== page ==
Most spas offer sanctuary, retreat from a stressful world and detoxification from the unhealthy things we ingest too often. For many that means alcohol, and a visit that’s sans booze—but it doesn’t have to be. Suddenly, it seems, a number of properties are offering programs built around lively libations—not in lieu from them.
The Lodge at Woodloch, an award-winning, all inclusive, adult-only spa set on 150 acres of woodland in Hawley, Pennsylvania, has a highly curated wine list and sommelier on property, offering more than 270 bottles. Come next week, September 11th-13th, the Lodge will partner with Dogfish Head Craft Ales to present guests with a weekend devoted to unusual beers and the brewing process.
“Some destination spas are about limiting and being a little too regimented,” says Brooke Jennings, the spa’s marketing and program director. “We are about choices, awakenings, and having our guests experience something they’ve not experienced before.”
In 1995, Dogfish opened as the smallest commercial brewery in America. Known for using seasonal, organic and unique ingredients, the now 20-year-old company also sees brewing as an art. “We were the first American craft brewery to focus on making creative recipes using culinary ingredients from around the world, instead of adhering to militaristic beer style guidelines,” explains Dogfish Head owner, Sam Calagione.
“‘Off-centered ales for off-centered people’ is what we call it. We make beers like our Namaste, with lemongrass and orange flesh, and Midas Touch, with saffron and white Muscat grapes.” Their goal? To bring ales with flavor, complexity, diversity, food-compatibility, and age-ability to the masses.
As with many great ideas, an unusual joint venture commenced. With the spa industry courting a largely female-dominated audience, and beer drinkers being mostly male, there was great reason to pull the two groups together to show there could be common ground. “In early 2011, we had some initial discussions about partnering with a local craft ales brewery to create beer-infused spa treatments,” Jennings says. What resulted was The Art of Ale, a three-day weekend festival, led by Mark Safarik, assistant brewmaster of Dogfish Head, that includes beer samplings, special spa treatments, and other events.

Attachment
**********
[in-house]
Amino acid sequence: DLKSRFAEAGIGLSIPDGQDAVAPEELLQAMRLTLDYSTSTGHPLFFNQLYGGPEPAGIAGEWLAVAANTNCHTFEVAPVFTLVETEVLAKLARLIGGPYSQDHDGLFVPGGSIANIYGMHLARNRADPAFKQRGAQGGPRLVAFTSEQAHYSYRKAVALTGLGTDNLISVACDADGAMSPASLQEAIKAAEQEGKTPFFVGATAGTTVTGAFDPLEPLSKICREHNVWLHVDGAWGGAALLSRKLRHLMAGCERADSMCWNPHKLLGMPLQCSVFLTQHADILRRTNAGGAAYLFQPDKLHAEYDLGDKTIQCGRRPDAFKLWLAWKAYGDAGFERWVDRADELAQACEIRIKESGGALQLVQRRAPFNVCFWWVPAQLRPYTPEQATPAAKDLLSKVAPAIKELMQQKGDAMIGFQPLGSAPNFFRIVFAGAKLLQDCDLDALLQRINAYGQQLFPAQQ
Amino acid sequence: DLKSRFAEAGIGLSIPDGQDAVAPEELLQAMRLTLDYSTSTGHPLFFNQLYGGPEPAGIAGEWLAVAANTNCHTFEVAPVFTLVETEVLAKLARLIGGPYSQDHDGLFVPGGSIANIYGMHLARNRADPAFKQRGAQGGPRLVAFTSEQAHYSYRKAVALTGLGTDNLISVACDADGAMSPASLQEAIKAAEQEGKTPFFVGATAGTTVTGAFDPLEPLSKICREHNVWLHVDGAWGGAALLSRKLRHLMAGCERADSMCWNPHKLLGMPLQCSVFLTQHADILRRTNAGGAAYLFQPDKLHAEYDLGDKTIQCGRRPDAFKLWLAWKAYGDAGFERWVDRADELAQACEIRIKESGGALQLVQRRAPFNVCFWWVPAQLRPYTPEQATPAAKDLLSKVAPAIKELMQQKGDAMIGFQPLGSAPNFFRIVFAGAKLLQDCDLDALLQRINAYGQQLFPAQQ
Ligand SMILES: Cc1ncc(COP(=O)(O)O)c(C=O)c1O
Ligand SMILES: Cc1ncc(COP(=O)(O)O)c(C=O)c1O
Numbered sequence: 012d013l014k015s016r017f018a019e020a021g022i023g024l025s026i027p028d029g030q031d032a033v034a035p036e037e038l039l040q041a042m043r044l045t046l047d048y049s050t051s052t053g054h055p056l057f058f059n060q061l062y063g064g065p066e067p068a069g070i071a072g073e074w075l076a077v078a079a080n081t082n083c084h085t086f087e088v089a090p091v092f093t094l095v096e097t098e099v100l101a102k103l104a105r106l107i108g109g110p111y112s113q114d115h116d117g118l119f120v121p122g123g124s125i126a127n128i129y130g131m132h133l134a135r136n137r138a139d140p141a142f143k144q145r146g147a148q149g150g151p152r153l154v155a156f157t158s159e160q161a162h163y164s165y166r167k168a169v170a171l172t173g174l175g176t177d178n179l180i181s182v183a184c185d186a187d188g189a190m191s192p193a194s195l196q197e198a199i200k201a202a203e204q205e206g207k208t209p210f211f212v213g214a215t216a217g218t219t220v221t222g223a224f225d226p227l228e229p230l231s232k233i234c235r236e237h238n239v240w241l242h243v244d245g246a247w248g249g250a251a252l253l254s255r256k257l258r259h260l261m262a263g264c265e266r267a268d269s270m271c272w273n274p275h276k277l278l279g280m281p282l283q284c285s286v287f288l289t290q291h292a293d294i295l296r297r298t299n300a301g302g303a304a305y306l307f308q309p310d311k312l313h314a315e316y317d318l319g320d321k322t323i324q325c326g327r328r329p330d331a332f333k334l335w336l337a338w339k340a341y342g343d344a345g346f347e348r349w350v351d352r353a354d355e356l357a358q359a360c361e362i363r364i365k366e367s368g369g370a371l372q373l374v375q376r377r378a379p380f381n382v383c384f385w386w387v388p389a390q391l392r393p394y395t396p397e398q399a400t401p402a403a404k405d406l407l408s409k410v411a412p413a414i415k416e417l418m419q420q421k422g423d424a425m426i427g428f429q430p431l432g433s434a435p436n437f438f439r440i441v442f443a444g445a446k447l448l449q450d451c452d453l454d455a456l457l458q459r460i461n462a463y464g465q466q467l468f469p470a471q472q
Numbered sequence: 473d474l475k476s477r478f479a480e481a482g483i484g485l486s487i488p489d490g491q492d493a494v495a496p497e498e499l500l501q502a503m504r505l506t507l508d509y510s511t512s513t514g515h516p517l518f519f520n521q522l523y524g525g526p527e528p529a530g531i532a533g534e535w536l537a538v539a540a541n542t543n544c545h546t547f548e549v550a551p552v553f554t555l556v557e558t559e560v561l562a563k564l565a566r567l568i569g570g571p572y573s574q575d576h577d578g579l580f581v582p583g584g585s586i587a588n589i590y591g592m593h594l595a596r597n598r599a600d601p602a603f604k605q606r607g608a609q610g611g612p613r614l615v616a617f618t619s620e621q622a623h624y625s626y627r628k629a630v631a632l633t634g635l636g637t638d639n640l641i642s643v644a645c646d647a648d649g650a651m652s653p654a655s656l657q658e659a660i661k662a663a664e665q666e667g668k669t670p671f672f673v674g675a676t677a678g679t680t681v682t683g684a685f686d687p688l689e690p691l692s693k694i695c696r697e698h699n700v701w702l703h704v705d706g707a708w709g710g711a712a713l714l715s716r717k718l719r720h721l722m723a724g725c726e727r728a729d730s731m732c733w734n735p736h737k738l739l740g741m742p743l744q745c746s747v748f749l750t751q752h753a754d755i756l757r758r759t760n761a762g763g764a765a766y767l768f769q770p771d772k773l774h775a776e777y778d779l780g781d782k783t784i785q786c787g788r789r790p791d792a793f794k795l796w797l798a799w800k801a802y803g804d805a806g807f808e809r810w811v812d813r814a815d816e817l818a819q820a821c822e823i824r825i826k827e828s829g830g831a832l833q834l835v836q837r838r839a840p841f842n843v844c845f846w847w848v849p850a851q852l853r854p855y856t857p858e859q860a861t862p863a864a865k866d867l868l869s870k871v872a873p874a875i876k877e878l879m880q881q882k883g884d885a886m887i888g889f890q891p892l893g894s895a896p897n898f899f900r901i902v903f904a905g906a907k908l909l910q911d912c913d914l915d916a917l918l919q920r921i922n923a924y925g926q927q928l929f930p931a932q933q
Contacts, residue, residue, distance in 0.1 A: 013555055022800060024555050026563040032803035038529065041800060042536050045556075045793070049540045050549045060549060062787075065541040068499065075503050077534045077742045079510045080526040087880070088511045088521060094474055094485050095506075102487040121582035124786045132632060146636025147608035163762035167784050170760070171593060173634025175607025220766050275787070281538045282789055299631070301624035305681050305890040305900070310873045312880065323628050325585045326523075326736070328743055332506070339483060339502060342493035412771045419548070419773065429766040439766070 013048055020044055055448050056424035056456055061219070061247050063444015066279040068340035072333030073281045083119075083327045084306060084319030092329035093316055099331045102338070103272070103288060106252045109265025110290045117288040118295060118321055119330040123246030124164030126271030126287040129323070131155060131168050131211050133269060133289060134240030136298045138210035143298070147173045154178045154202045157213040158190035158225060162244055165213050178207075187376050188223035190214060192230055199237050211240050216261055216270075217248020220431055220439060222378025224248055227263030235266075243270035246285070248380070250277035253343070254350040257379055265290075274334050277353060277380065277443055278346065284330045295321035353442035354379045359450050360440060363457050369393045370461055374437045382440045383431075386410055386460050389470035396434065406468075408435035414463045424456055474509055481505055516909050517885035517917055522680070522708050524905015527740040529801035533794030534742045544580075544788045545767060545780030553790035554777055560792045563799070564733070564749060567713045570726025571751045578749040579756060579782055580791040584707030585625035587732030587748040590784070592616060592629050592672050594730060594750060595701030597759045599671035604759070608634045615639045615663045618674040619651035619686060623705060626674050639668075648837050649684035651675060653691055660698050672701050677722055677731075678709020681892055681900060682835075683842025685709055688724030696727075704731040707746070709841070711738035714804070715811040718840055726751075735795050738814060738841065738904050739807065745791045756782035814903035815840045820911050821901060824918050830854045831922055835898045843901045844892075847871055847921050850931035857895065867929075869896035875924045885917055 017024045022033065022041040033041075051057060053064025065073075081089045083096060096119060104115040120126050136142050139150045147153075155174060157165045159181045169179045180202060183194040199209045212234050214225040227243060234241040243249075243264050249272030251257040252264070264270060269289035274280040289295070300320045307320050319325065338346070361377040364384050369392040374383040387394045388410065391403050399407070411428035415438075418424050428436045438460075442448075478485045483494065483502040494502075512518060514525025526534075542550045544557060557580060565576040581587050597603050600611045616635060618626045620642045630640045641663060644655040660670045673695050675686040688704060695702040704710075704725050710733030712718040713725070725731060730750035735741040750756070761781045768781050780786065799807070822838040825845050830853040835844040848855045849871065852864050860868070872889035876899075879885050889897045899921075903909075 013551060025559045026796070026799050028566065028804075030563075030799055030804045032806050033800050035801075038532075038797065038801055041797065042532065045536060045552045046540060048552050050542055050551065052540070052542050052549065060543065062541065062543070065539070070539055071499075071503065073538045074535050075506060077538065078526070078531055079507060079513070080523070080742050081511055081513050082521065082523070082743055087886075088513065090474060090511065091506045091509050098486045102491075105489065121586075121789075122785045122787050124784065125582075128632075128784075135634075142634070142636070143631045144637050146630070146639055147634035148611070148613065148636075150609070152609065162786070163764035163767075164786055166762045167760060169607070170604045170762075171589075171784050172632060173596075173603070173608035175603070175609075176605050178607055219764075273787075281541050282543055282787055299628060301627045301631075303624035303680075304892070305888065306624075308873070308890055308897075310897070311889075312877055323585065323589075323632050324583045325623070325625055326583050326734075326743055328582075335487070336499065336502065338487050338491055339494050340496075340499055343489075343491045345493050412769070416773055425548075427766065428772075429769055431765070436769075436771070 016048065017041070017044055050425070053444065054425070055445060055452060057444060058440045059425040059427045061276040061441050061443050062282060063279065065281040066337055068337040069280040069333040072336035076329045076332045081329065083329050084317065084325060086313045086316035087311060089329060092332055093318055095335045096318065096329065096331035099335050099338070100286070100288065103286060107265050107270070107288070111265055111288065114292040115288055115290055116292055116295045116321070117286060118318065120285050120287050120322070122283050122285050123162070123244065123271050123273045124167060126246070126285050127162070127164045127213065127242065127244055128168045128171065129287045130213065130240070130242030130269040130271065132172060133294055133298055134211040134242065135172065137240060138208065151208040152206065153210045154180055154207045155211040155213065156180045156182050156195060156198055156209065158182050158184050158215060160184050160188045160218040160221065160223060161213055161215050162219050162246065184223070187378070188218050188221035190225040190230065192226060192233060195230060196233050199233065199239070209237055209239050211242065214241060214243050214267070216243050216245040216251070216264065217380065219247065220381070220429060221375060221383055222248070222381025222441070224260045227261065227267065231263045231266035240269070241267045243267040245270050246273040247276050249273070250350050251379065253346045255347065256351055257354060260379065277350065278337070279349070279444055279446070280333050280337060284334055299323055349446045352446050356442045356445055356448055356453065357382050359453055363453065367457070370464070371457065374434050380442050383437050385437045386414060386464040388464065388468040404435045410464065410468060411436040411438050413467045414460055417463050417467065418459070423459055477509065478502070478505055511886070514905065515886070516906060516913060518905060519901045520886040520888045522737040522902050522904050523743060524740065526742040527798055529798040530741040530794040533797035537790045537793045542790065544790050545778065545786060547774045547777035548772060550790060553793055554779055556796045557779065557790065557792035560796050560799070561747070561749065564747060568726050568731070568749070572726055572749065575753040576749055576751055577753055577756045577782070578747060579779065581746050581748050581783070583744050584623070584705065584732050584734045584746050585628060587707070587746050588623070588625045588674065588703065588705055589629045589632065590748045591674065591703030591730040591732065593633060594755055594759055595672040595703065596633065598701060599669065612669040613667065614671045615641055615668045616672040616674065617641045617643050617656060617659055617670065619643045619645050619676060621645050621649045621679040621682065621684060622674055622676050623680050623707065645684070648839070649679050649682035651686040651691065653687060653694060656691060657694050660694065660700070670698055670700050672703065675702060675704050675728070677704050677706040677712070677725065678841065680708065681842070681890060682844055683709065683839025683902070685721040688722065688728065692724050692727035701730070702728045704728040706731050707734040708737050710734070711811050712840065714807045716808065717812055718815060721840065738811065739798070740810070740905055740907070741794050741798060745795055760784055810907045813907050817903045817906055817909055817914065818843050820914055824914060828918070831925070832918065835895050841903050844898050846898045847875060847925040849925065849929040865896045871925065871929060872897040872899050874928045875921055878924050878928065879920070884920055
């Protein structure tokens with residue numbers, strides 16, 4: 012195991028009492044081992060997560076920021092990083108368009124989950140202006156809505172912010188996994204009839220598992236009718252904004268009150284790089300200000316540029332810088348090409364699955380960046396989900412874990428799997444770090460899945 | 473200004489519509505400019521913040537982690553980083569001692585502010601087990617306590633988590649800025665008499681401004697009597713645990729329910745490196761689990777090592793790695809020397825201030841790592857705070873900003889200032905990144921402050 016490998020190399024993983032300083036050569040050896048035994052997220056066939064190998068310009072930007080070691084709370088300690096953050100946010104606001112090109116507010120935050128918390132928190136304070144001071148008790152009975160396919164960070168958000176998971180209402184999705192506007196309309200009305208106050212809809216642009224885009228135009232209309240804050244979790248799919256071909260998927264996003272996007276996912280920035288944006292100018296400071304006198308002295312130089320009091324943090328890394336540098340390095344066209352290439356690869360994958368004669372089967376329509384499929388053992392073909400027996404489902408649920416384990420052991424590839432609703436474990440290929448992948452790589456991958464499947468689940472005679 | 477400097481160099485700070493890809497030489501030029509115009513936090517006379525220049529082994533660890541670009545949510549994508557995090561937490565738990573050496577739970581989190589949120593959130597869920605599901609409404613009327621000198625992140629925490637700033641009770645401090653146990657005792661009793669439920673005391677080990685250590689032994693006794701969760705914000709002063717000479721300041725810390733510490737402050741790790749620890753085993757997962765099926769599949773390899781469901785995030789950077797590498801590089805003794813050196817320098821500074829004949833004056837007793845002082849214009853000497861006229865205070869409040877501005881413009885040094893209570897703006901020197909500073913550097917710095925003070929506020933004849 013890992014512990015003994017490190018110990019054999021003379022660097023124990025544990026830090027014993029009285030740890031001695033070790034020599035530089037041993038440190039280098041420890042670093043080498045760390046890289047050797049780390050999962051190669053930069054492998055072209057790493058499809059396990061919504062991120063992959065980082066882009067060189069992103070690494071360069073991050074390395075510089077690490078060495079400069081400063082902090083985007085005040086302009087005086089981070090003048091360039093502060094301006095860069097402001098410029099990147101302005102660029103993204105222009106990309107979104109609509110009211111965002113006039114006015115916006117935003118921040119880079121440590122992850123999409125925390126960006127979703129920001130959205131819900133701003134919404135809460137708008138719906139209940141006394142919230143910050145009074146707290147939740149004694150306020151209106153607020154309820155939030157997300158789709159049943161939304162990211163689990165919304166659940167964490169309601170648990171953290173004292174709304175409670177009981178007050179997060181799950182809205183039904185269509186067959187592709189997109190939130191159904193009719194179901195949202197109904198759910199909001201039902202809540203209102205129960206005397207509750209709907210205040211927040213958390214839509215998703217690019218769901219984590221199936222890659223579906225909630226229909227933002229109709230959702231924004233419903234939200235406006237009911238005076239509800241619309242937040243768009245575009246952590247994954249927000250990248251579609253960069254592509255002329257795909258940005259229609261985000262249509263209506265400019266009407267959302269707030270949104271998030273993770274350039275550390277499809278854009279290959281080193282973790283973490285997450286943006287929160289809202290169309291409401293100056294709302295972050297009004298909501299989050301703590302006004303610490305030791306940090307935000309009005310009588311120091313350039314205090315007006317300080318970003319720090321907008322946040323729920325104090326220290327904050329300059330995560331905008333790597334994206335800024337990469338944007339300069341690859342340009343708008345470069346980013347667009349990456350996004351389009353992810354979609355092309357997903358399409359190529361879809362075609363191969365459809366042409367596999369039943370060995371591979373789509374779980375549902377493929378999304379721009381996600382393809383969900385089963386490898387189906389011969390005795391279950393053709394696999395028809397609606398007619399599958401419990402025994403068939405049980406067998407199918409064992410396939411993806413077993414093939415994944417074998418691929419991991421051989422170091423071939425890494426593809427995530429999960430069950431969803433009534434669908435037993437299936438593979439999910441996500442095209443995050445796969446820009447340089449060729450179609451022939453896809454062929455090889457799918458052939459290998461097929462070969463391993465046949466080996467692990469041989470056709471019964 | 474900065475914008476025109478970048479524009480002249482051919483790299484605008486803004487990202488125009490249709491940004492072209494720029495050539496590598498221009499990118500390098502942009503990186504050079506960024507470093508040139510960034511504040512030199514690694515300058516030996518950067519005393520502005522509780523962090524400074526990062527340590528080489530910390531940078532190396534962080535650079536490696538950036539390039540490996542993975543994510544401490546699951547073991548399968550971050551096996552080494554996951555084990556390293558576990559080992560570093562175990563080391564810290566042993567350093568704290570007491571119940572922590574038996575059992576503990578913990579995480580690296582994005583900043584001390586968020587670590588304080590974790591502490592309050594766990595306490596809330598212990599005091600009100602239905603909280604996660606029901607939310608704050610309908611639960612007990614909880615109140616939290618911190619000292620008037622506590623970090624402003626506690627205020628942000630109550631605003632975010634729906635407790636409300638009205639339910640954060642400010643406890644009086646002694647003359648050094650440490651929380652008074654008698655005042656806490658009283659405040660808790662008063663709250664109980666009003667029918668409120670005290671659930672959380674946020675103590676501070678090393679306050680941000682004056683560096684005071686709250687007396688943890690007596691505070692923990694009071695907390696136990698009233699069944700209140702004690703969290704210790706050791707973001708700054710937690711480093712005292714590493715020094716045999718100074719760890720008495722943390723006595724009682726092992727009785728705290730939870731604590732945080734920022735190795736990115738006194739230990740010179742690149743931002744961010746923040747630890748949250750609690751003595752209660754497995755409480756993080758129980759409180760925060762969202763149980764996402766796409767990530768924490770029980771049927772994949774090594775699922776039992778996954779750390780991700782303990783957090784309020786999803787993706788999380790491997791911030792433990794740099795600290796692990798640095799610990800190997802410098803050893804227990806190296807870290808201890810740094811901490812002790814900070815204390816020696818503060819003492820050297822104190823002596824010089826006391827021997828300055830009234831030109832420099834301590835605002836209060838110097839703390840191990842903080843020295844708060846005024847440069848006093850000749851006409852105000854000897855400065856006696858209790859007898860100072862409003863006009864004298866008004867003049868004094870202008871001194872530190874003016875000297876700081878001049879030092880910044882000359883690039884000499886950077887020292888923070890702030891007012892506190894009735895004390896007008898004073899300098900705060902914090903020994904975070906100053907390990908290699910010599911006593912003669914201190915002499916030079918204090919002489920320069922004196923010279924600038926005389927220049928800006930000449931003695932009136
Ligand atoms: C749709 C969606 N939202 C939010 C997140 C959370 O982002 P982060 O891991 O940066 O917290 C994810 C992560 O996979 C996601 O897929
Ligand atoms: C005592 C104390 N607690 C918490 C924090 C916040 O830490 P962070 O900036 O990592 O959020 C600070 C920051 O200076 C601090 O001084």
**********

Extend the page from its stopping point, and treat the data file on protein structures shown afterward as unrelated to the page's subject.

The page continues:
Now in its fourth year, Safarik will lead tastings, going into the complexities, notes and unusual ingredients of the ales that the small company creates. The Lodge Walk & Beer Talk takes guests on a tour of the property’s diverse greenery and edible herbs, exploring a variety of local bitters grown there. Along the path, guests will also sample from Calagione’s private ale collection.
“The really wonderful part is having guests learn about the unique complexities of aged beer verus beer right off of the bottling line,” Jennings adds. “Sam gave us a selection of a few of his favorite beers—some no longer being bottled—to age on our nature trails for this particular weekend.”
A garden dinner and discussion will feature Dogfish beer pairings to those thirsty for a greater brewing education. The weekend ends with a cooking demonstration with the Lodge’s chefs using beer-based recipes. It’s an event designed for everyone from beer hobbyists to connoisseurs.
Since the Lodge started offering its beer-inspired spa treatments, they’ve seen an increase of men using the spa, trying out more adventurous treatments beyond a typical massage. “Beer was first discovered to be a beverage of choice in ancient Egypt, where women also used it in their beauty routines,” Jennings explains.
“The main ingredients in beer that gives it healing properties are Brewers Yeast, B Vitamins and Saccharides, or sugars. These ingredients help dissolve dead skin cells and increase luminosity.” Among this year’s offerings are a ‘mud and suds’ pedicure ($95), and body treatment that uses beer for exfoliation and massage—in addition to a relaxing beer soak at the end (from $195). Weekend rates at the Lodge are $369 per person, per night, or $738 for two.